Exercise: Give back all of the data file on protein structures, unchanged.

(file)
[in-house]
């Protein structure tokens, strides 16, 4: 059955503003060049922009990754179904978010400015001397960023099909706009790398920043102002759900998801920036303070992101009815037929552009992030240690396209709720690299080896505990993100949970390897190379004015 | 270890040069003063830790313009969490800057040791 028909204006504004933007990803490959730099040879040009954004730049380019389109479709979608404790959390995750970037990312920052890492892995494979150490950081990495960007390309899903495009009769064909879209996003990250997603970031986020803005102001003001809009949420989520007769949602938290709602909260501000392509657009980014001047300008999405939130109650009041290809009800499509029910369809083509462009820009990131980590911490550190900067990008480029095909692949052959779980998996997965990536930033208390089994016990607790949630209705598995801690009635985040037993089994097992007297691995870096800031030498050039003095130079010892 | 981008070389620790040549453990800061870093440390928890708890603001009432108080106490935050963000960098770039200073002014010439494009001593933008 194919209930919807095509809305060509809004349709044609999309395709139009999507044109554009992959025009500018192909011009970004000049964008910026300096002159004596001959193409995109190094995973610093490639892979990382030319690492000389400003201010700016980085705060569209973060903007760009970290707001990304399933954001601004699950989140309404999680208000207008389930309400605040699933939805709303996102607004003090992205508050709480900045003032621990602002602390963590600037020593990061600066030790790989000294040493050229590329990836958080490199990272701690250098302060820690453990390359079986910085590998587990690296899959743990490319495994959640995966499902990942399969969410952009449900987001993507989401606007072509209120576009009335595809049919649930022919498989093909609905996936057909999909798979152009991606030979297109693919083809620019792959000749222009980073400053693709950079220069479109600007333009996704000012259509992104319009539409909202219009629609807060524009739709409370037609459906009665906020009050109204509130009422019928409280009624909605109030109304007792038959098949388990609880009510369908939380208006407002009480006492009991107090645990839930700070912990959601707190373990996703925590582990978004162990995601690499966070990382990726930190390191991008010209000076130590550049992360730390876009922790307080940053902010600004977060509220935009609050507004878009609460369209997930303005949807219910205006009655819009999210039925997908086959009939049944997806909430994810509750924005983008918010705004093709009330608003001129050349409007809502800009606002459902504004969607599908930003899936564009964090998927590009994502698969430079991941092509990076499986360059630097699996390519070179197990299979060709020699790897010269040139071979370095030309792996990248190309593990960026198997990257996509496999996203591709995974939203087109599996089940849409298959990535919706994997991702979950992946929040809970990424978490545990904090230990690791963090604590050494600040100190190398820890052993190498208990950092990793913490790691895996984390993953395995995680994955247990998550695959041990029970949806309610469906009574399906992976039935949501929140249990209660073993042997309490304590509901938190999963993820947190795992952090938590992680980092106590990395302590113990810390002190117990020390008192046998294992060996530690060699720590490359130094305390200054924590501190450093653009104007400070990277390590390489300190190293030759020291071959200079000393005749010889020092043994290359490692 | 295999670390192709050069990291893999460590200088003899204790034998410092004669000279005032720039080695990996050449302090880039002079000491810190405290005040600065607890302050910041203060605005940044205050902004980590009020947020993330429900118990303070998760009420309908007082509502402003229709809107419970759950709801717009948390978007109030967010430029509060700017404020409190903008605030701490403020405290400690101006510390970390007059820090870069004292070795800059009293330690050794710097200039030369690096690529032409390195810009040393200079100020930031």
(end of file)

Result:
[in-house]
């Protein structure tokens, strides 16, 4: 059955503003060049922009990754179904978010400015001397960023099909706009790398920043102002759900998801920036303070992101009815037929552009992030240690396209709720690299080896505990993100949970390897190379004015 | 270890040069003063830790313009969490800057040791 028909204006504004933007990803490959730099040879040009954004730049380019389109479709979608404790959390995750970037990312920052890492892995494979150490950081990495960007390309899903495009009769064909879209996003990250997603970031986020803005102001003001809009949420989520007769949602938290709602909260501000392509657009980014001047300008999405939130109650009041290809009800499509029910369809083509462009820009990131980590911490550190900067990008480029095909692949052959779980998996997965990536930033208390089994016990607790949630209705598995801690009635985040037993089994097992007297691995870096800031030498050039003095130079010892 | 981008070389620790040549453990800061870093440390928890708890603001009432108080106490935050963000960098770039200073002014010439494009001593933008 194919209930919807095509809305060509809004349709044609999309395709139009999507044109554009992959025009500018192909011009970004000049964008910026300096002159004596001959193409995109190094995973610093490639892979990382030319690492000389400003201010700016980085705060569209973060903007760009970290707001990304399933954001601004699950989140309404999680208000207008389930309400605040699933939805709303996102607004003090992205508050709480900045003032621990602002602390963590600037020593990061600066030790790989000294040493050229590329990836958080490199990272701690250098302060820690453990390359079986910085590998587990690296899959743990490319495994959640995966499902990942399969969410952009449900987001993507989401606007072509209120576009009335595809049919649930022919498989093909609905996936057909999909798979152009991606030979297109693919083809620019792959000749222009980073400053693709950079220069479109600007333009996704000012259509992104319009539409909202219009629609807060524009739709409370037609459906009665906020009050109204509130009422019928409280009624909605109030109304007792038959098949388990609880009510369908939380208006407002009480006492009991107090645990839930700070912990959601707190373990996703925590582990978004162990995601690499966070990382990726930190390191991008010209000076130590550049992360730390876009922790307080940053902010600004977060509220935009609050507004878009609460369209997930303005949807219910205006009655819009999210039925997908086959009939049944997806909430994810509750924005983008918010705004093709009330608003001129050349409007809502800009606002459902504004969607599908930003899936564009964090998927590009994502698969430079991941092509990076499986360059630097699996390519070179197990299979060709020699790897010269040139071979370095030309792996990248190309593990960026198997990257996509496999996203591709995974939203087109599996089940849409298959990535919706994997991702979950992946929040809970990424978490545990904090230990690791963090604590050494600040100190190398820890052993190498208990950092990793913490790691895996984390993953395995995680994955247990998550695959041990029970949806309610469906009574399906992976039935949501929140249990209660073993042997309490304590509901938190999963993820947190795992952090938590992680980092106590990395302590113990810390002190117990020390008192046998294992060996530690060699720590490359130094305390200054924590501190450093653009104007400070990277390590390489300190190293030759020291071959200079000393005749010889020092043994290359490692 | 295999670390192709050069990291893999460590200088003899204790034998410092004669000279005032720039080695990996050449302090880039002079000491810190405290005040600065607890302050910041203060605005940044205050902004980590009020947020993330429900118990303070998760009420309908007082509502402003229709809107419970759950709801717009948390978007109030967010430029509060700017404020409190903008605030701490403020405290400690101006510390970390007059820090870069004292070795800059009293330690050794710097200039030369690096690529032409390195810009040393200079100020930031």